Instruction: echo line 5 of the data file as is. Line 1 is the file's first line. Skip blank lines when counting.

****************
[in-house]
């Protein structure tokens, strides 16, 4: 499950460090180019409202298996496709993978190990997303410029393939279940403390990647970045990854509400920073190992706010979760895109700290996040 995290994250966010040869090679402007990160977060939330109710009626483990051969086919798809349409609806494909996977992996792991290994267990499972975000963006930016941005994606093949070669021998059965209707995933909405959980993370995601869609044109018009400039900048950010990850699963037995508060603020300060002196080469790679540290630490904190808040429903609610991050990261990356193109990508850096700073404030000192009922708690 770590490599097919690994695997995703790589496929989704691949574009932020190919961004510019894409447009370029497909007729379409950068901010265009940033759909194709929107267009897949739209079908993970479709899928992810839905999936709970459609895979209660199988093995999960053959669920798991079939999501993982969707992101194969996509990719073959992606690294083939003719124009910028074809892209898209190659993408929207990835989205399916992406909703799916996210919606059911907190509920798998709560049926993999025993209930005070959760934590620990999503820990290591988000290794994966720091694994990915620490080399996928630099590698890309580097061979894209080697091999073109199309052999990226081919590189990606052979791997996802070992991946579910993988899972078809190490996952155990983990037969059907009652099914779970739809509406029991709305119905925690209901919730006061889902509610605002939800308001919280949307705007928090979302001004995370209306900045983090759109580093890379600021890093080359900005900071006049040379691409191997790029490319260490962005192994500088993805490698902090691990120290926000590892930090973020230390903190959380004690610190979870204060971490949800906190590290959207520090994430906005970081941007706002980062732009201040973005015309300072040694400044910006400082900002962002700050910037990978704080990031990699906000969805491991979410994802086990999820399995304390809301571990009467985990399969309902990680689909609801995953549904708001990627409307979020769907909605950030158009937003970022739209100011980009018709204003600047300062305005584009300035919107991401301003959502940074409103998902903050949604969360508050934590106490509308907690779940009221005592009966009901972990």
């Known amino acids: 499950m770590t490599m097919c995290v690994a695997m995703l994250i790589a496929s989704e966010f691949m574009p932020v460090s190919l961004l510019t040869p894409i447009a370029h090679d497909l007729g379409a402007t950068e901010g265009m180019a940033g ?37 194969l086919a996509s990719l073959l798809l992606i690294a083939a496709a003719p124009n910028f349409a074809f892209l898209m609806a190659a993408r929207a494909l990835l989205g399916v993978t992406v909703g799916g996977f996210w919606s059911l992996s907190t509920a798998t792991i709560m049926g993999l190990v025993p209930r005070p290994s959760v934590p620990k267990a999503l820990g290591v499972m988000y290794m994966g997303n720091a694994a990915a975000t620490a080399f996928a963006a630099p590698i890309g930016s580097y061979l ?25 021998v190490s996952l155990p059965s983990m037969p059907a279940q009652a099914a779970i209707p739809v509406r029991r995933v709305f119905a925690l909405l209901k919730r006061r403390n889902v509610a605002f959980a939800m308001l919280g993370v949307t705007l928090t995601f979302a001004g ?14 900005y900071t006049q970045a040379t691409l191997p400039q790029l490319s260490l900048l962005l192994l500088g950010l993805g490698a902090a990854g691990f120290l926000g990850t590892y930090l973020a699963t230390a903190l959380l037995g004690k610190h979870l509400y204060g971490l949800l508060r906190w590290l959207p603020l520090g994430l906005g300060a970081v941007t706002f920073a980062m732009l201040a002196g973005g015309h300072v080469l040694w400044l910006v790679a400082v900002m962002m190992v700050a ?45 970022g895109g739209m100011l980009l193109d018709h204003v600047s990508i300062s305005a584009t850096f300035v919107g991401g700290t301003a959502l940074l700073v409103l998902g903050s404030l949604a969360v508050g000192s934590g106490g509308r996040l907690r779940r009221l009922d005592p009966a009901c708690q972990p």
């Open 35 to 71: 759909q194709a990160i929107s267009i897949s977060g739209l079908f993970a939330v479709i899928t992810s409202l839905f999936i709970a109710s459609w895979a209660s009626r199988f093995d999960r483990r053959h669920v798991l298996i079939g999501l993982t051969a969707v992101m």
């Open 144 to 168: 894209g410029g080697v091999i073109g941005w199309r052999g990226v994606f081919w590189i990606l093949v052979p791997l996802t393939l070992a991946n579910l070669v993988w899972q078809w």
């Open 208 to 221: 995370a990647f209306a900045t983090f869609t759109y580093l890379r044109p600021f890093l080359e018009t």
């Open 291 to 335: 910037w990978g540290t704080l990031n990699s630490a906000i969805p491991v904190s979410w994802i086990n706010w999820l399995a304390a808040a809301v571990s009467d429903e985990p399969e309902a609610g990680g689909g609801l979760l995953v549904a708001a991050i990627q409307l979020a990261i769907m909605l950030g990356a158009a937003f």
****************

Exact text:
């Open 144 to 168: 894209g410029g080697v091999i073109g941005w199309r052999g990226v994606f081919w590189i990606l093949v052979p791997l996802t393939l070992a991946n579910l070669v993988w899972q078809w």